No reason is offered as to why the ACA should be defunded. Perhaps that’s because Republicans are assumed, by DeMint and his like-minded right wing extremists, to be brain-dead zombies, scouring the neighborhoods and keeping those in need of medical care from leaving their houses.

    Is it too early for scotch?

    Herb

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    • Well, the real headline would be the GOP presenting a detailed, cost-effective, GAO reviewed, alternative to ObamaCare.

      Right, Herb. And we can see by Anson’s reply that he and virtually every other conservative have abandoned thinking that way. Instead they embrace bumper-sticker analysis: “We Can’t Afford ObamaCare”, a theme that’s been repeated so incessantly that it’s now accepted as fact, never mind that the initial insurance premiums to be offered are coming in under estimates. The healthcare system has been without any meaningful competition for so long that even a hint that costs might influence patient choice is having an effect. And when the medical establishment worries, as Anson notes,

      I noticed a clip of Cruz’s filibuster wherein he said if ACA continues the private insurance industry will collapse.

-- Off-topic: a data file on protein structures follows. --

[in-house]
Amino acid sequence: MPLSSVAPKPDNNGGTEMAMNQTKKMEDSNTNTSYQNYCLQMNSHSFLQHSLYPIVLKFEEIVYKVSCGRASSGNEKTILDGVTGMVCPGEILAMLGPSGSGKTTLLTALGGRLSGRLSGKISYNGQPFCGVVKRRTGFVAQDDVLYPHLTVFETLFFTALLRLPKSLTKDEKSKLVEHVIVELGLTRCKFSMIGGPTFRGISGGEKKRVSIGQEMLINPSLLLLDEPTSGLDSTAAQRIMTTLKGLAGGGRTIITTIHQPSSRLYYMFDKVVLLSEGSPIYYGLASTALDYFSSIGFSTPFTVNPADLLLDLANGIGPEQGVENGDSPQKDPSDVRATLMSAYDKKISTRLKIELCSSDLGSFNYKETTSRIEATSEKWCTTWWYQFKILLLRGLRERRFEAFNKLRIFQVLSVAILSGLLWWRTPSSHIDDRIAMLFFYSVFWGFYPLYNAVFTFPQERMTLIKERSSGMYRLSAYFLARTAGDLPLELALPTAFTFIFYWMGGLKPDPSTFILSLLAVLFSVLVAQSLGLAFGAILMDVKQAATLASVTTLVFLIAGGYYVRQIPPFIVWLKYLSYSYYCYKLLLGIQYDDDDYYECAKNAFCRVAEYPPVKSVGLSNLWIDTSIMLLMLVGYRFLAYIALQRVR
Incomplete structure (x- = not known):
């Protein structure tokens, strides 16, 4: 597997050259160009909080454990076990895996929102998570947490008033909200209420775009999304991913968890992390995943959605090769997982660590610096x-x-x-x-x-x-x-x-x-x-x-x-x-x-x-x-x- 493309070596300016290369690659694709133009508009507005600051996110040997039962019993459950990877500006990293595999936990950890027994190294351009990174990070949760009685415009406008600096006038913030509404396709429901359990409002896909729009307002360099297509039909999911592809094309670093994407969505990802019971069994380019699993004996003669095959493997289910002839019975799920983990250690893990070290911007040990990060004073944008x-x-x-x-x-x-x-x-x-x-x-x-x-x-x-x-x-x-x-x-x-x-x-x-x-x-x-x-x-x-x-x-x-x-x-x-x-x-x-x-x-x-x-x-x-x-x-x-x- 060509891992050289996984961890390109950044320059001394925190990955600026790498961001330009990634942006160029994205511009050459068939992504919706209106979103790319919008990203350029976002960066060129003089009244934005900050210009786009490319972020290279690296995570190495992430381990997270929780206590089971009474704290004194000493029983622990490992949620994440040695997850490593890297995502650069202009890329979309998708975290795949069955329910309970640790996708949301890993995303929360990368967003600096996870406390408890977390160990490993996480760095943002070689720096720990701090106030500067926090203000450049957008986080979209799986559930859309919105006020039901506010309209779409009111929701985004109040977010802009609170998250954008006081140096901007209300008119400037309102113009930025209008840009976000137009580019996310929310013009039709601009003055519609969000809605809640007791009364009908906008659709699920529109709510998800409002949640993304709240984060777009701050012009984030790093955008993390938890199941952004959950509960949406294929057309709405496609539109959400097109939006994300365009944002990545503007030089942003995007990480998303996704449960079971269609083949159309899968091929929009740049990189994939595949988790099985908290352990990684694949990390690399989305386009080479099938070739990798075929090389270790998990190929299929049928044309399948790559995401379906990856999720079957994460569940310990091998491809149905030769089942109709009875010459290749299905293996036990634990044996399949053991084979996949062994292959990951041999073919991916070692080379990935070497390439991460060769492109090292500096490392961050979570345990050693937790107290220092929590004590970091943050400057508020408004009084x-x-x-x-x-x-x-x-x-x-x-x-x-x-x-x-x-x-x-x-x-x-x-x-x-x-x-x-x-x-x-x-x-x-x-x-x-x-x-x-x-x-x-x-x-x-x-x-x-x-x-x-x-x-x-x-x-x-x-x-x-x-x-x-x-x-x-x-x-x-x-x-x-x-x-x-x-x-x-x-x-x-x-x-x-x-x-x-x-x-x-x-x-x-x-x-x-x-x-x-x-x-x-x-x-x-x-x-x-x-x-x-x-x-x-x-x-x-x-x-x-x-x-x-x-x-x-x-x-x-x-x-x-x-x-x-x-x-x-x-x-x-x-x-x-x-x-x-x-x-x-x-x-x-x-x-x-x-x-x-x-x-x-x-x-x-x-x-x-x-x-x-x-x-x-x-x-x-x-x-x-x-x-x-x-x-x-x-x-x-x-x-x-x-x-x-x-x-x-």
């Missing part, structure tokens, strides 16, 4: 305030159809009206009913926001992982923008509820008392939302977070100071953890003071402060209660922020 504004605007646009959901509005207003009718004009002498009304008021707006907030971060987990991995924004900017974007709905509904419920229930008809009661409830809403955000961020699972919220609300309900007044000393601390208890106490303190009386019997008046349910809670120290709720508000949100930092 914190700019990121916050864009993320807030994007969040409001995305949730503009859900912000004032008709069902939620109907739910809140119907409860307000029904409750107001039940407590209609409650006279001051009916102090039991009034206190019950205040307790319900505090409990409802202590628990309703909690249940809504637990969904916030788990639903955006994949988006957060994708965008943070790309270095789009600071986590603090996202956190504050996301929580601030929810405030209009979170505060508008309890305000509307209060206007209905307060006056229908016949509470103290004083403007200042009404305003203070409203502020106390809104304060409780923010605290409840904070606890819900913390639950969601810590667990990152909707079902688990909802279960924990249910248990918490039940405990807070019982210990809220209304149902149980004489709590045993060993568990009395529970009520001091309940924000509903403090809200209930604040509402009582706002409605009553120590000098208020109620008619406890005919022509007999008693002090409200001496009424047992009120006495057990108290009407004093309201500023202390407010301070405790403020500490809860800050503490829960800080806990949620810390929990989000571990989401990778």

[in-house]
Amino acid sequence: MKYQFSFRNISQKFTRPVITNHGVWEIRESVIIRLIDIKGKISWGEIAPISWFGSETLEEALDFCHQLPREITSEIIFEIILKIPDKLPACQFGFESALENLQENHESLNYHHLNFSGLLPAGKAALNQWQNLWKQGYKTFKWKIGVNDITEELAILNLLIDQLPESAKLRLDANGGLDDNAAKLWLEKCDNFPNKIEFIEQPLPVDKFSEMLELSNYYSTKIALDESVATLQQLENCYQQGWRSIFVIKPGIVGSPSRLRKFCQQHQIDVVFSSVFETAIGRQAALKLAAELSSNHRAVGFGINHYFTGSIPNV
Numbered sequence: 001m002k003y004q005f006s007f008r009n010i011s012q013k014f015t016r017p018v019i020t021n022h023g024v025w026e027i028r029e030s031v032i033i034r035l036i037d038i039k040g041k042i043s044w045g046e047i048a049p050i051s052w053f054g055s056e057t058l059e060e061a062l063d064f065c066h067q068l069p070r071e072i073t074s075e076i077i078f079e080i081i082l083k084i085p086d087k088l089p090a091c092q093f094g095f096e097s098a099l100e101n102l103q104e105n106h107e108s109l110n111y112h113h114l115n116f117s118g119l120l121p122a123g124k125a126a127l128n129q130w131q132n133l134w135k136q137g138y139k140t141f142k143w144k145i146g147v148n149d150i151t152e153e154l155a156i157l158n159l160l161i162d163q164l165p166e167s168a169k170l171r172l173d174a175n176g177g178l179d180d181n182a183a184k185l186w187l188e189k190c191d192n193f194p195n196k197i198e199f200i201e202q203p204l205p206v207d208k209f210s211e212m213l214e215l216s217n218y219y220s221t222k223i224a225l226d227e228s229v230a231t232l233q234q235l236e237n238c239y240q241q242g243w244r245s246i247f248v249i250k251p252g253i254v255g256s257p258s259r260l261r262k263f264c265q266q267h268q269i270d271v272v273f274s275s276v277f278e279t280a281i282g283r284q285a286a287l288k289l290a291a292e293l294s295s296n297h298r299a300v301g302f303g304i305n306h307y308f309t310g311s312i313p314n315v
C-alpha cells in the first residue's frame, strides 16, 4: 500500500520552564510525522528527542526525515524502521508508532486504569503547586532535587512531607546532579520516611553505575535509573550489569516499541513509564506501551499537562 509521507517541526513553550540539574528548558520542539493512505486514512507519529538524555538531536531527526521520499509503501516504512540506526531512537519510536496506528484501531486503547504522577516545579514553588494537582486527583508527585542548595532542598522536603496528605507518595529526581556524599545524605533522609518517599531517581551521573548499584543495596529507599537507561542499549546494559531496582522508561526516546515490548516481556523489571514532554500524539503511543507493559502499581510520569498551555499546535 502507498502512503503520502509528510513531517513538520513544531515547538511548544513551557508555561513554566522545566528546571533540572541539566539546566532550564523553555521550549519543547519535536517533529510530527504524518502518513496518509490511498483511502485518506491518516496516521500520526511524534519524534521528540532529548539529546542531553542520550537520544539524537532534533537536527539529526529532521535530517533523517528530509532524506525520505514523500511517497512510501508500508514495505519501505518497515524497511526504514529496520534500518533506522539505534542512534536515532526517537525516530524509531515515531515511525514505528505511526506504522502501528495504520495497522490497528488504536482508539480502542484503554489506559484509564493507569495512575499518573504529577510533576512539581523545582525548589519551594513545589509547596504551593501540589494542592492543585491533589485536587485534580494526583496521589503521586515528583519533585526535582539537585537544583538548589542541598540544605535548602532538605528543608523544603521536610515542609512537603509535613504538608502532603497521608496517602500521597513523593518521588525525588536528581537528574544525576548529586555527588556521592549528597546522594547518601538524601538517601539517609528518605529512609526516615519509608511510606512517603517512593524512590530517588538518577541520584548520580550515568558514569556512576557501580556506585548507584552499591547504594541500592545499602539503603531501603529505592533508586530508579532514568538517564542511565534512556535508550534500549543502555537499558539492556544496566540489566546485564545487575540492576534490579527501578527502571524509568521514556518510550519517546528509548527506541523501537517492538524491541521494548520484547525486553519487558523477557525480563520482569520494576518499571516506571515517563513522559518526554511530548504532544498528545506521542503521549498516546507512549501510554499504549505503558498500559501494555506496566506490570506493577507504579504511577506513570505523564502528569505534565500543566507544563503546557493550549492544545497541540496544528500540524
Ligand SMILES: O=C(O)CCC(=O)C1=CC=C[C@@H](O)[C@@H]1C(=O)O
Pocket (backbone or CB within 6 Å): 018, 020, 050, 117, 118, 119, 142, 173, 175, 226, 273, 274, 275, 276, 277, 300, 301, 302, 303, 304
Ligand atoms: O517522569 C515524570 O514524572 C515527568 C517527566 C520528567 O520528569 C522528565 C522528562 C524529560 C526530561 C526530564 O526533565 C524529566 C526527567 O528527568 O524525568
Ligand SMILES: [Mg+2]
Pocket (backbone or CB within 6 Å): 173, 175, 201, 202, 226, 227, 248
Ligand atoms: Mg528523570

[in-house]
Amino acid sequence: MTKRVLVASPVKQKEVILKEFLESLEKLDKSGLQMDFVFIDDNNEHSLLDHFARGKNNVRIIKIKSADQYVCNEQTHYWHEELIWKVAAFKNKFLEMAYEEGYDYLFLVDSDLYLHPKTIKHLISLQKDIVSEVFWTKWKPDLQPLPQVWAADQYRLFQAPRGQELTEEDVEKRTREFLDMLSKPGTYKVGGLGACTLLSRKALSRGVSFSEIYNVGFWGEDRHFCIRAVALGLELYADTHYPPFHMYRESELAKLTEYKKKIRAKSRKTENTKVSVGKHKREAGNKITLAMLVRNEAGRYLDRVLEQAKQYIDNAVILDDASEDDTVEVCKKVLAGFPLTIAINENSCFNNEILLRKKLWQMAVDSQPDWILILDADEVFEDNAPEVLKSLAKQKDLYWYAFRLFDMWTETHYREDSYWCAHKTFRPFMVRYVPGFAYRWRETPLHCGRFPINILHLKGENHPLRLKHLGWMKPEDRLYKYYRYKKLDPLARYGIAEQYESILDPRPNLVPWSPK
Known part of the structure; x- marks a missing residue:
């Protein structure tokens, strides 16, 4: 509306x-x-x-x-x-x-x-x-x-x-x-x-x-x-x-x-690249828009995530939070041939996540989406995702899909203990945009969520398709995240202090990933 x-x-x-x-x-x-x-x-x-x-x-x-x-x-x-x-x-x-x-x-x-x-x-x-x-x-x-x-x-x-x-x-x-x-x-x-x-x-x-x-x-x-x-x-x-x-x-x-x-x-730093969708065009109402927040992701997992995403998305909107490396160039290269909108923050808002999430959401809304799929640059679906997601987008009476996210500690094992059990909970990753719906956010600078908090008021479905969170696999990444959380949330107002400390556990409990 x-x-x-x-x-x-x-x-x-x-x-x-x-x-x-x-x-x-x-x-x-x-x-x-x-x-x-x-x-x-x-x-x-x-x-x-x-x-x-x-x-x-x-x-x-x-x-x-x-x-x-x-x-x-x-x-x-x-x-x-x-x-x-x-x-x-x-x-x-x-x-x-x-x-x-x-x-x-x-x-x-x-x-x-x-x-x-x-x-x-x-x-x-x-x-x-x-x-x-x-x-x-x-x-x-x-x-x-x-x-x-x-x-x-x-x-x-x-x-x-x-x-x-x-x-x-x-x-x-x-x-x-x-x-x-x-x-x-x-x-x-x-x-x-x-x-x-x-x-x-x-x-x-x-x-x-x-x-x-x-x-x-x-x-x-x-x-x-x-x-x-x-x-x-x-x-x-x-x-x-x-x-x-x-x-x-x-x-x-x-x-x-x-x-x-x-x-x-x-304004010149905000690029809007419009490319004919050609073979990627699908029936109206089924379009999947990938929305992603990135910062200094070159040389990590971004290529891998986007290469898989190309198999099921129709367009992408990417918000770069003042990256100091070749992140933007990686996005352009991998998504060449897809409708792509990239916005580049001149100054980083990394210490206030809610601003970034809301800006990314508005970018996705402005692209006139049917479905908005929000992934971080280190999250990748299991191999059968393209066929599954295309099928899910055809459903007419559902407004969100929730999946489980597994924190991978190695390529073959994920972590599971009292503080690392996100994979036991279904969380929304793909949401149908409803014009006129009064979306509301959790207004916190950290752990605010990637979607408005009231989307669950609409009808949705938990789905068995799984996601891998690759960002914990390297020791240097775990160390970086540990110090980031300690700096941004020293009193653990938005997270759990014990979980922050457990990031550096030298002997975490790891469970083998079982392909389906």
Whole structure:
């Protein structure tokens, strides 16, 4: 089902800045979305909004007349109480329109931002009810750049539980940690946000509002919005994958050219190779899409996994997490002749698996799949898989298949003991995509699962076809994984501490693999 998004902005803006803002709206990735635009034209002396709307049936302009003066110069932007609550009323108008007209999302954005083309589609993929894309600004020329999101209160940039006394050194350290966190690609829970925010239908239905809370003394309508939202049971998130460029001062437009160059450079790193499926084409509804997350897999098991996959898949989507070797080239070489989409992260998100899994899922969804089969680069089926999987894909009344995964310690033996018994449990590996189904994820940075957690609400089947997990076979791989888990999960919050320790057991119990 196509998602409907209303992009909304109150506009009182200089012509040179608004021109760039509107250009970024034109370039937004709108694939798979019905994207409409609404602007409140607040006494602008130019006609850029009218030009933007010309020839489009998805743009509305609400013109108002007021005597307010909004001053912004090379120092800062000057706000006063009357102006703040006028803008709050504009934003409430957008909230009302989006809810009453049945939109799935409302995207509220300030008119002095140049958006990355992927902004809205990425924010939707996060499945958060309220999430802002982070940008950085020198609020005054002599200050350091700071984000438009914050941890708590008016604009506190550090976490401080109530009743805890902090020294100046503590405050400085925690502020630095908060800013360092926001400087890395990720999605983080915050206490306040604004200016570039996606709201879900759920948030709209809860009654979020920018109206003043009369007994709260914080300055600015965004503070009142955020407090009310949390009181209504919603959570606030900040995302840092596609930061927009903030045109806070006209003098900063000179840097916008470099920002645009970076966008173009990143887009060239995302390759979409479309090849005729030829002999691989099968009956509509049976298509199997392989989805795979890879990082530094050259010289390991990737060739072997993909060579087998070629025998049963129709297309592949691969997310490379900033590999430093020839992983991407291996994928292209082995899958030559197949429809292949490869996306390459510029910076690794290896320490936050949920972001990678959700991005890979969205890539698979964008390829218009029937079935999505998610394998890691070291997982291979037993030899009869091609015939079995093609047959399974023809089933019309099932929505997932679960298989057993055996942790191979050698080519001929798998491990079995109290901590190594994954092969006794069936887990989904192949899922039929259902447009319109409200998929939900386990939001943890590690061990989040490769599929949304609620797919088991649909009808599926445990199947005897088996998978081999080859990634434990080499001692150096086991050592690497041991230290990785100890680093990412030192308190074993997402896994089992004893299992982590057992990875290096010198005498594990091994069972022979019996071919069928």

they are worrying that the goodie bag of unfettered greed is about to deflate. It is predicted, according to last night’s news, that those parts of the medical insurance industry that fail to be competitive in the bidding will indeed go belly up. Flash for you, Senator Cruz: that’s the way competition is supposed to work.

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    • Herb,

      Thanks for mentioning that excellent article.

      I had the pleasure of watching one of DeMint’s “town halls” in which he rattled off lie after lie before a crowd of white people, the average age of which was probably 75 or so. Now, what I found amazing about the whole thing was that when DeMint was attacking big government, and saying things like “we need to get to get government off our backs,” the crowd of Social Security and Medicare recipients was orgasmically applauding.